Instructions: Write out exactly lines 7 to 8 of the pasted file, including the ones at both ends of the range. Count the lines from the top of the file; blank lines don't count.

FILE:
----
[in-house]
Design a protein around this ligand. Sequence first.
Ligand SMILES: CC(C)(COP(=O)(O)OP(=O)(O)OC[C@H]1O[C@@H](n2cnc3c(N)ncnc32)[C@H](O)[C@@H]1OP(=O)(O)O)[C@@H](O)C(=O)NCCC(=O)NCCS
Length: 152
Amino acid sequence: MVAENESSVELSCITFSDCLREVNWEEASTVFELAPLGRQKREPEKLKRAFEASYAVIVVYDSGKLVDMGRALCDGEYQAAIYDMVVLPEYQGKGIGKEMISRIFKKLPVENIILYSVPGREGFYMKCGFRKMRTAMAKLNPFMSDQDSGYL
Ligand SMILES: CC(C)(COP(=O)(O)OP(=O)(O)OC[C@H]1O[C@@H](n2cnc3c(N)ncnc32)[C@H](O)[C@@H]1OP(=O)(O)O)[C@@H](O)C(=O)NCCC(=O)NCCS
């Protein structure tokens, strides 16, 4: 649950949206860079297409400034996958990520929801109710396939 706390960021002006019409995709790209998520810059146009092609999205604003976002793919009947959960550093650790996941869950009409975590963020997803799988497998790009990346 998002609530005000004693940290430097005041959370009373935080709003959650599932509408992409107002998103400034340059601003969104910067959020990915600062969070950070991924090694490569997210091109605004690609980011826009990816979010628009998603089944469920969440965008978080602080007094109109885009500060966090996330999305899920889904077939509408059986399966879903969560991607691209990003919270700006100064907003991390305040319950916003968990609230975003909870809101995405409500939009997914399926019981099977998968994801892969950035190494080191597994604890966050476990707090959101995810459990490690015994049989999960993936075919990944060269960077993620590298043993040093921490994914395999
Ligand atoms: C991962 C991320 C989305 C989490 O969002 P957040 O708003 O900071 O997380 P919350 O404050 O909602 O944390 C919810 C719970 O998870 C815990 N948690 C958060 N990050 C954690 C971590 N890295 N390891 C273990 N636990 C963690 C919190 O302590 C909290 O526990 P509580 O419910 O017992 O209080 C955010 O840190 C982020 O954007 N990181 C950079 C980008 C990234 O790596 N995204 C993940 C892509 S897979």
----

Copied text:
């Protein structure tokens, strides 16, 4: 649950949206860079297409400034996958990520929801109710396939 706390960021002006019409995709790209998520810059146009092609999205604003976002793919009947959960550093650790996941869950009409975590963020997803799988497998790009990346 998002609530005000004693940290430097005041959370009373935080709003959650599932509408992409107002998103400034340059601003969104910067959020990915600062969070950070991924090694490569997210091109605004690609980011826009990816979010628009998603089944469920969440965008978080602080007094109109885009500060966090996330999305899920889904077939509408059986399966879903969560991607691209990003919270700006100064907003991390305040319950916003968990609230975003909870809101995405409500939009997914399926019981099977998968994801892969950035190494080191597994604890966050476990707090959101995810459990490690015994049989999960993936075919990944060269960077993620590298043993040093921490994914395999
Ligand atoms: C991962 C991320 C989305 C989490 O969002 P957040 O708003 O900071 O997380 P919350 O404050 O909602 O944390 C919810 C719970 O998870 C815990 N948690 C958060 N990050 C954690 C971590 N890295 N390891 C273990 N636990 C963690 C919190 O302590 C909290 O526990 P509580 O419910 O017992 O209080 C955010 O840190 C982020 O954007 N990181 C950079 C980008 C990234 O790596 N995204 C993940 C892509 S897979």